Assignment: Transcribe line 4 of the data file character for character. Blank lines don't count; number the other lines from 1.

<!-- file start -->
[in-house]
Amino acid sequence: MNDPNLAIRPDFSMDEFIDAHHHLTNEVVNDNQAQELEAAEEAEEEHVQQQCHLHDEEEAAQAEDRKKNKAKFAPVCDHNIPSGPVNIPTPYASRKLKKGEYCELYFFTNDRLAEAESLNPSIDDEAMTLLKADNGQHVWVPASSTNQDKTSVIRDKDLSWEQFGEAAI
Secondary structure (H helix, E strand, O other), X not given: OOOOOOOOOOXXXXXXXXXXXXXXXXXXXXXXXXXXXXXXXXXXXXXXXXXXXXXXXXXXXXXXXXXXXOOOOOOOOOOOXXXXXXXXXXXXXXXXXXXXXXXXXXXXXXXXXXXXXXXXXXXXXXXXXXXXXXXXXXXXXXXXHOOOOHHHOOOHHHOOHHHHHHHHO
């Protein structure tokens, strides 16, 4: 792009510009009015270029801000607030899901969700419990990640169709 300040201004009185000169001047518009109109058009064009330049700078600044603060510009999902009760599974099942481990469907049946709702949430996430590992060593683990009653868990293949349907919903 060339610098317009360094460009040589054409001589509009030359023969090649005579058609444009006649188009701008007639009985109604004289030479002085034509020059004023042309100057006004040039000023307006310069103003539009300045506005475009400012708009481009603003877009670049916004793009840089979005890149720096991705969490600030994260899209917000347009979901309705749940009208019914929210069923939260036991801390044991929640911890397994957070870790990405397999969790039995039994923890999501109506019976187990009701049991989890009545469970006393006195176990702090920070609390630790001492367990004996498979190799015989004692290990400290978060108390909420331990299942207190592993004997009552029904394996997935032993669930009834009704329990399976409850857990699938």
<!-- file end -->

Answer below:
């Protein structure tokens, strides 16, 4: 792009510009009015270029801000607030899901969700419990990640169709 300040201004009185000169001047518009109109058009064009330049700078600044603060510009999902009760599974099942481990469907049946709702949430996430590992060593683990009653868990293949349907919903 060339610098317009360094460009040589054409001589509009030359023969090649005579058609444009006649188009701008007639009985109604004289030479002085034509020059004023042309100057006004040039000023307006310069103003539009300045506005475009400012708009481009603003877009670049916004793009840089979005890149720096991705969490600030994260899209917000347009979901309705749940009208019914929210069923939260036991801390044991929640911890397994957070870790990405397999969790039995039994923890999501109506019976187990009701049991989890009545469970006393006195176990702090920070609390630790001492367990004996498979190799015989004692290990400290978060108390909420331990299942207190592993004997009552029904394996997935032993669930009834009704329990399976409850857990699938």